Saxophonist Ray Patton is a historian of music, intergeneric music aficionado, and chronically transient performer. He received his PhD in History from the University of Michigan in 2011, and served on faculty at Drury University (where he also played in the jazz band). He currently works as Director of General Education at John Jay College. His book, Punk Crisis: The Global Punk Rock Revolution is forthcoming from Oxford University Press.
Joey Lemon is a songwriter and poet from Wichita, KS. He received his MFA in creative writing from Wichita State University in 2012 and has taught English at a small liberal arts college in Kansas. For the past 15 years, he has played guitar and sang in the band Berry.
Staff Picks: The Pedagogy of Hip Hop
"To commemorate Black Music Month, this collection explores the role of hip hop in culturally relevant pedagogy. As a native Brooklynite born in the 1970s, I came of age and grew up alongside hip hop and have watched it bloom from a maligned music genre and art form into a foundational element of our current society.
The five pillars of Hip Hop are often defined as DJing, MCing (rapping), Graffiti writing , Breakdancing and beatboxing. The music’s origins can be traced to the summer block parties in the Bronx and was a grassroots, counter-cultural movement. Pedagogical tools often identify ways to best meet students’ needs, and hip hop was once thought to be a useful way to only engage urban youth, but it’s international reach has transformed hip hop into a universal language for young people around the world."
-- Curator's Statement
June Staff Picks is curated by Jasmine Sykes-Kink, Library Services Associate, who is pursuing a Master's of Library Science.
Where: Reading Room, Second Floor
Staff Picks is curated each month by the Gottesman Libraries' staff to highlight resources on educational topics and themes of special interest.
Highlighted Databases: Environmental Education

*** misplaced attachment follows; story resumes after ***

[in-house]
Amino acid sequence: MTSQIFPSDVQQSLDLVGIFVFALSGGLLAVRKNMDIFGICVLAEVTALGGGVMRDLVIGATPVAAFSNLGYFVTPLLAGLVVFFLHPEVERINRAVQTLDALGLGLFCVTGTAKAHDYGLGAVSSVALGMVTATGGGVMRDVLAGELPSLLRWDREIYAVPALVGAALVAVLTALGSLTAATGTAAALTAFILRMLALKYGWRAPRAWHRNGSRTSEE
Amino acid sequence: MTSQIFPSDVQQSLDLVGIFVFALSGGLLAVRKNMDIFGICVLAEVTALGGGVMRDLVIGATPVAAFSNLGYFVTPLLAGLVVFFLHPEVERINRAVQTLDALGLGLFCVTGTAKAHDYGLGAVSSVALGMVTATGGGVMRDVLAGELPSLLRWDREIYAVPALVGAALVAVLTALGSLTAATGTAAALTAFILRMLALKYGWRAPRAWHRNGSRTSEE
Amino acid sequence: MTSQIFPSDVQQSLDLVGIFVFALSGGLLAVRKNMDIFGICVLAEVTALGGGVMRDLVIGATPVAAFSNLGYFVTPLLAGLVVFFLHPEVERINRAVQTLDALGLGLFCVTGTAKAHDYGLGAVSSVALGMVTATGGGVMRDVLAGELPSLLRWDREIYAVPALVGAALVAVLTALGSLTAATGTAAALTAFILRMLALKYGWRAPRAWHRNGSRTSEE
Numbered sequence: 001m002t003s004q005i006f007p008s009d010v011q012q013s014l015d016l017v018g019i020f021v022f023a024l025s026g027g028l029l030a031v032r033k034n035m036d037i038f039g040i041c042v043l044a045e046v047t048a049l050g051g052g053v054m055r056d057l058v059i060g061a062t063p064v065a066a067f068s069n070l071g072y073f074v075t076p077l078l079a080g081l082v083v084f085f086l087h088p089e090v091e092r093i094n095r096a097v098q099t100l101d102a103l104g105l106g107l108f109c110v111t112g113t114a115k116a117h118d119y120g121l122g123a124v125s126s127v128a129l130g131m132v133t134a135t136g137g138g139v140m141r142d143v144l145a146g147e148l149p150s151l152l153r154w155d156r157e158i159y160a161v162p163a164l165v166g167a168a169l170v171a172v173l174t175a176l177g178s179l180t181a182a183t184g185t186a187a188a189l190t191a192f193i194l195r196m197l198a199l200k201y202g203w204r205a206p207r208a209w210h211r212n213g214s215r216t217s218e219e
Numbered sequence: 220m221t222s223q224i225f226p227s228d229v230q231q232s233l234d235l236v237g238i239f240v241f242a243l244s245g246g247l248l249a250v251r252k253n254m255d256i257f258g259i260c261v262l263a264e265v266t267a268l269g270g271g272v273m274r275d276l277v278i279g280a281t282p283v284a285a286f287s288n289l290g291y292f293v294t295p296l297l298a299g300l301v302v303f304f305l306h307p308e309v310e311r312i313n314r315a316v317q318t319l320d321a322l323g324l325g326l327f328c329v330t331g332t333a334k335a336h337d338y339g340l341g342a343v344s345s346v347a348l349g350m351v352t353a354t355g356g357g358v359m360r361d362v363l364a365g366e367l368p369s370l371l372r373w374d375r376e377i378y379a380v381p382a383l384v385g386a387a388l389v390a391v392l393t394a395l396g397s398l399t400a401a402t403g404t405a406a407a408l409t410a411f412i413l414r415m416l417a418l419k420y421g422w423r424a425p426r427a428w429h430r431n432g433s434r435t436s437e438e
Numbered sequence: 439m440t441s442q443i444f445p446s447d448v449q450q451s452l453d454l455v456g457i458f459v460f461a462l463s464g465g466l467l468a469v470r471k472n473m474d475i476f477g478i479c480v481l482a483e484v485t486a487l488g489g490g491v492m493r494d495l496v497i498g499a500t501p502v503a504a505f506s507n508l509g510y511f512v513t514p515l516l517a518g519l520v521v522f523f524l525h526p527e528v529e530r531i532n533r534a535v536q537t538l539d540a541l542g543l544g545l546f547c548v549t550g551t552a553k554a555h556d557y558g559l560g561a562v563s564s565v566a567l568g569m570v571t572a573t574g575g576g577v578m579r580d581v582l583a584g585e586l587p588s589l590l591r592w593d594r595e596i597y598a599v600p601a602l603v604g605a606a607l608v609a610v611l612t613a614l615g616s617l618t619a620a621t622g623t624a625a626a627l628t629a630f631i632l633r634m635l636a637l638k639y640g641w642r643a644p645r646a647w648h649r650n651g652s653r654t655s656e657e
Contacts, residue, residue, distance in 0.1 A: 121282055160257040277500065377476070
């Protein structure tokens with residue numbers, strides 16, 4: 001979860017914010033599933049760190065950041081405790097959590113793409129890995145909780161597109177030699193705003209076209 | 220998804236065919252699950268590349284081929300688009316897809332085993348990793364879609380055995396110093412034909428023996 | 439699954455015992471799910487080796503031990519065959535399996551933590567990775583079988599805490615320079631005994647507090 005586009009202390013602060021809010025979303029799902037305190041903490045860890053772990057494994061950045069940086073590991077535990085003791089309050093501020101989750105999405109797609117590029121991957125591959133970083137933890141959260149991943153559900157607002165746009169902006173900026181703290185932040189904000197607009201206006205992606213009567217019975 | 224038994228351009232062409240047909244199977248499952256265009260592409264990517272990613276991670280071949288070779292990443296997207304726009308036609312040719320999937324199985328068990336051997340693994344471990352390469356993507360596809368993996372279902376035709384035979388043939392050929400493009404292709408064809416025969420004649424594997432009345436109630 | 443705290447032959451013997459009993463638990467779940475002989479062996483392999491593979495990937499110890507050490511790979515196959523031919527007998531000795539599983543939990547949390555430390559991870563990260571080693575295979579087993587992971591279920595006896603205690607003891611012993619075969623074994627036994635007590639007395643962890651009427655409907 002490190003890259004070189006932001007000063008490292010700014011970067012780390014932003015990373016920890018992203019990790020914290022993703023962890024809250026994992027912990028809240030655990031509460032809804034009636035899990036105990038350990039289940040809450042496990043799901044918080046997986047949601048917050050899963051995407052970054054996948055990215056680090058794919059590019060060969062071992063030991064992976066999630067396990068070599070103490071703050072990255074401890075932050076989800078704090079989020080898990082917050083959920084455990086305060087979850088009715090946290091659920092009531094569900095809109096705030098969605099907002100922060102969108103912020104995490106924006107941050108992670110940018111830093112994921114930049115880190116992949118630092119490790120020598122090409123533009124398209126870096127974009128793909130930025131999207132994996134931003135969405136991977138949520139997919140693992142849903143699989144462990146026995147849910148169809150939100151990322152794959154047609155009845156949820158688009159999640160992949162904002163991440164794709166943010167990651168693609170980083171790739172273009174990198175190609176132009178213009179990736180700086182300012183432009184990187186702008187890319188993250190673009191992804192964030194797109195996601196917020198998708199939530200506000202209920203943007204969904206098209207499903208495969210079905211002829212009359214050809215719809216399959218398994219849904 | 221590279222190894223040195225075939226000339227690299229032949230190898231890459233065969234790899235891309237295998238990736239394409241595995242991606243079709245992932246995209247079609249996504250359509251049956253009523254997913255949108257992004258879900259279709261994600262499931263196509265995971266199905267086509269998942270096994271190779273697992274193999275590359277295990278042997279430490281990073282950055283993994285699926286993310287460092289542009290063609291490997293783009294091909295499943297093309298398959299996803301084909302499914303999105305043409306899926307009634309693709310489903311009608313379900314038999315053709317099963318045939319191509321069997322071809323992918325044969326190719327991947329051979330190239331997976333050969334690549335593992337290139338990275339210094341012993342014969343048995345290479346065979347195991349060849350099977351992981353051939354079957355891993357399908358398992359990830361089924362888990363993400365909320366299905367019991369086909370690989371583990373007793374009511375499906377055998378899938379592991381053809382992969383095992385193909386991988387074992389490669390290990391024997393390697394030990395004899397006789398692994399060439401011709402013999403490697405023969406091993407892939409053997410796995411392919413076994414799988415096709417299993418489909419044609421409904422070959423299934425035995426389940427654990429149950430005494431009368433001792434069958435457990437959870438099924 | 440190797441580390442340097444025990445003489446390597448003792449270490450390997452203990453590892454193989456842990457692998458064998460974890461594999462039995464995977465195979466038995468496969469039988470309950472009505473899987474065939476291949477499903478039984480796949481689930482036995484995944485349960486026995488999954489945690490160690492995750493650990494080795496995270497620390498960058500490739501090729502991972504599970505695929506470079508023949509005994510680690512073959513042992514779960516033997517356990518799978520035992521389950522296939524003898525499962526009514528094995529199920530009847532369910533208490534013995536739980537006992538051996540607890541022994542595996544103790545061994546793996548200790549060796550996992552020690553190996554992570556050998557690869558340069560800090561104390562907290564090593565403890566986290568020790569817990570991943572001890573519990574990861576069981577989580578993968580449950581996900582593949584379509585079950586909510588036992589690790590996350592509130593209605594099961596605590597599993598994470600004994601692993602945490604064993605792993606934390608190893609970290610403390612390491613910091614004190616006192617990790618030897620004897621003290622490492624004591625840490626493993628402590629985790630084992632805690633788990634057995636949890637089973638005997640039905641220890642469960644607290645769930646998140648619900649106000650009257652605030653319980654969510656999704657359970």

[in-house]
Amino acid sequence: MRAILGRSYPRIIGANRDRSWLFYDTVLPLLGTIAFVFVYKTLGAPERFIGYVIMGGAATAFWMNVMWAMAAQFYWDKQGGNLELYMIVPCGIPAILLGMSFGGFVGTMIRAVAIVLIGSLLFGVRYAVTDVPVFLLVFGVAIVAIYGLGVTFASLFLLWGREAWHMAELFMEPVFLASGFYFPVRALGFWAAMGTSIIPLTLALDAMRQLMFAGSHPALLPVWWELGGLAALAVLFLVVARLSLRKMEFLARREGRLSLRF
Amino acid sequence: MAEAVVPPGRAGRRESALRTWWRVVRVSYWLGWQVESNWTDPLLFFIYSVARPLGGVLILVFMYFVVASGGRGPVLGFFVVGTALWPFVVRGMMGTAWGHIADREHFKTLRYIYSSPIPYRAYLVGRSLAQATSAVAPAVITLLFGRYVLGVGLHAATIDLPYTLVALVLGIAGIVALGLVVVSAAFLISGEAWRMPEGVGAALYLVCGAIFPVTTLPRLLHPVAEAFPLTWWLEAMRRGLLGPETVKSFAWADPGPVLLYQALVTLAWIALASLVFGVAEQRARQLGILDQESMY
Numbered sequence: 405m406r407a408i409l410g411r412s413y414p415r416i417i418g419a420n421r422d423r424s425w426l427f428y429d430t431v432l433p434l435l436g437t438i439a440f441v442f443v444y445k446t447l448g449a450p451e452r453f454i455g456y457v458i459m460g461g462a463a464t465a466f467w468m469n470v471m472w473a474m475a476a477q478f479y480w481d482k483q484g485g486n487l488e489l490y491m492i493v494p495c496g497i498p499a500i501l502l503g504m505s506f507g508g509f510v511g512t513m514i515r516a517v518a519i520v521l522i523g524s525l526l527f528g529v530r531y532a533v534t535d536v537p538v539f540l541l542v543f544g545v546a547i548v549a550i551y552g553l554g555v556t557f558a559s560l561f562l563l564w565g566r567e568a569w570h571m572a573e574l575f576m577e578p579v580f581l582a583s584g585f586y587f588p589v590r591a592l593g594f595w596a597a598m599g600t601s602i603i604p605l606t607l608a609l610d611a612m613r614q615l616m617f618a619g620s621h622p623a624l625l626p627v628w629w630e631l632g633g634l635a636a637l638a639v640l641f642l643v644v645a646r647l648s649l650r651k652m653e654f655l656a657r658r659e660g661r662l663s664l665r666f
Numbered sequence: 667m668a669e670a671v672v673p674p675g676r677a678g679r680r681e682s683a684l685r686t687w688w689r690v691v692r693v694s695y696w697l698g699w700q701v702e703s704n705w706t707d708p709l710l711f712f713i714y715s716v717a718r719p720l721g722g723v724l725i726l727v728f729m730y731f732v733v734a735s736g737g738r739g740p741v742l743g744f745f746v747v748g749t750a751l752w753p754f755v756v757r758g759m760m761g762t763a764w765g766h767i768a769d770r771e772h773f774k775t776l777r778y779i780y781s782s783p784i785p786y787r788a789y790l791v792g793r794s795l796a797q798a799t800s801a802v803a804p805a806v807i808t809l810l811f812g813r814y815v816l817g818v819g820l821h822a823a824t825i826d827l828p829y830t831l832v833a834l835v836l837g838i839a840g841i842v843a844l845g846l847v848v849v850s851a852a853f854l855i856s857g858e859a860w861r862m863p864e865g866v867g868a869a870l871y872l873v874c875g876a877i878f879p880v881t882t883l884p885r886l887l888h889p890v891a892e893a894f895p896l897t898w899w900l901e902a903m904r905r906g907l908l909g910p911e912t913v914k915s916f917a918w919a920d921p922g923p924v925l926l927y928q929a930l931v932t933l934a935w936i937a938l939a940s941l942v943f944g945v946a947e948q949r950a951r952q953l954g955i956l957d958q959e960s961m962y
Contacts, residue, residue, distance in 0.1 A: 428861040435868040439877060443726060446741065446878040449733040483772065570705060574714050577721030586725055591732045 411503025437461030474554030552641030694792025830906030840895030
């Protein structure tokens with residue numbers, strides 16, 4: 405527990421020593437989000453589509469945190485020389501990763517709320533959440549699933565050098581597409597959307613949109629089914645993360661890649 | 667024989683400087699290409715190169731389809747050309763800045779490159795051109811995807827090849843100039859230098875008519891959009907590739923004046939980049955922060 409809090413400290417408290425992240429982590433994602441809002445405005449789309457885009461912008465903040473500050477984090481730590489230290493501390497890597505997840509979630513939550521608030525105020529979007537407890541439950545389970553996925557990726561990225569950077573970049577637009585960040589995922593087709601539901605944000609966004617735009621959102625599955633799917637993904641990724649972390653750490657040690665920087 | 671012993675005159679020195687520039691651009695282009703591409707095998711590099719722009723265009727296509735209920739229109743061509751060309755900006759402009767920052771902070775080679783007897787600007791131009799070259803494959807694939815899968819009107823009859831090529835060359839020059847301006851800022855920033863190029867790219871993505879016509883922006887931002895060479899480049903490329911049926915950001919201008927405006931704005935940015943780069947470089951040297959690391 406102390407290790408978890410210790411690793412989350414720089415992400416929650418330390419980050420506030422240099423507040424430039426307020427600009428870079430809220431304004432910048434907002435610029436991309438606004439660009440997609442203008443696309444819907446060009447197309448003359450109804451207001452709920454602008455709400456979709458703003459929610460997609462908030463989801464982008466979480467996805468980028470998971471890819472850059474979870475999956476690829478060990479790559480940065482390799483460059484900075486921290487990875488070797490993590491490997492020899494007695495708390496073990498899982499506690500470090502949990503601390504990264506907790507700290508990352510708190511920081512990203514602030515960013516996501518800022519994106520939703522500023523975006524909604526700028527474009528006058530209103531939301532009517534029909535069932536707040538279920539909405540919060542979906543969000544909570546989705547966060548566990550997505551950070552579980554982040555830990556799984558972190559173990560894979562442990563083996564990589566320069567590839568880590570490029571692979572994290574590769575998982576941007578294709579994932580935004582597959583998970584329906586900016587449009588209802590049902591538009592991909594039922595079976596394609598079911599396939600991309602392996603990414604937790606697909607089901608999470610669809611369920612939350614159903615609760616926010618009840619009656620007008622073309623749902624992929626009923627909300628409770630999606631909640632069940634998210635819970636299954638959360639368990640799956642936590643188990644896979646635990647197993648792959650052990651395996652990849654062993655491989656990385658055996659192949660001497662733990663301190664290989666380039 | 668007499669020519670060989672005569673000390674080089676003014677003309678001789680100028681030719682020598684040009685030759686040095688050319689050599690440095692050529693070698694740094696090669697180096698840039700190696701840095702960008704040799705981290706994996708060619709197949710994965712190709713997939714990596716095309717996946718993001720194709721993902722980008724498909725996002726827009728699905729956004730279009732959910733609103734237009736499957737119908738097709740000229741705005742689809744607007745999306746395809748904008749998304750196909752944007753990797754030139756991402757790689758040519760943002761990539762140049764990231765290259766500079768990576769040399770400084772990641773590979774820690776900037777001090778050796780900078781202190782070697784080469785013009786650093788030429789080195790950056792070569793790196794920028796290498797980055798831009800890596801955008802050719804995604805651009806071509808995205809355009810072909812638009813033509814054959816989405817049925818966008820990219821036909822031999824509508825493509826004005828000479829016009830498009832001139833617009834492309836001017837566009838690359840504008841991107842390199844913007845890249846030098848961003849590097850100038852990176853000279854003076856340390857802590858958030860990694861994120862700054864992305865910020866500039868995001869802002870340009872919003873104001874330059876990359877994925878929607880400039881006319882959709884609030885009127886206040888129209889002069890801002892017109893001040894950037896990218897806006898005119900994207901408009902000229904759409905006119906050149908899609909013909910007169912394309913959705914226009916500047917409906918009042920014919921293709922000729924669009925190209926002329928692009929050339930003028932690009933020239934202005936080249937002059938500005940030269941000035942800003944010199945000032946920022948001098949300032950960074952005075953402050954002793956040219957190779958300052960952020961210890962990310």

In support of World Environment Day, June 5th, as well as the recent Everett Cage book display, Teaching About Species, we highlight research resources that strengthen teaching, learning, and scholarship in environmental education, a process that process that allows us to explore environmental issues, engage in problem solving, and take action to improve the environment. Read more on the library's news page.
Exhibit: Reflections, Tuesday, 6/4- Saturday, 8/3131
"Reflections” takes works from three art collections (Dow, Castellon and Ziegfeld), in the Gottesman Libraries archive, that have been selected for their connection and counterpoint to each other. Inspired by Alice in Wonderland, the recent film “Us”, and the principles of art therapy, “Reflections” was curated by members of the library staff to examine the art of the library in new ways.
The Students of Arthur Wesley Dow Collection comprises 300 collected works were created by Teachers College students studying under Professor Dow in the early 1900’s. Mostly paintings and prints, the works in the Collection clearly illustrate Dow’s theories and approach to art.
The Federico Castellon Memorial Print Collection comprises a collection of 78 prints donated to Teachers College by established printmakers throughout the United States under the aegis of the Society of American Graphic Artists.
The Ziegfeld Collection of International Children’s Art comprises about 350 paintings, drawings, prints and collages made by adolescents aged 10 to 18 from 32 countries across the world. The Collection was originated in the 1950’s by Dr. Edwin Ziegfeld (1905-1983), the creator of the arts and education program at Teachers College.
Where: Offit Gallery, Third Floor
To request disability-related accommodations contact OASID at email@example.com, (212) 678-3689, or (646) 755-3144 video phone, as early as possible.
Last Updated: 1:24 pm, Tuesday, Jun 18 , 2019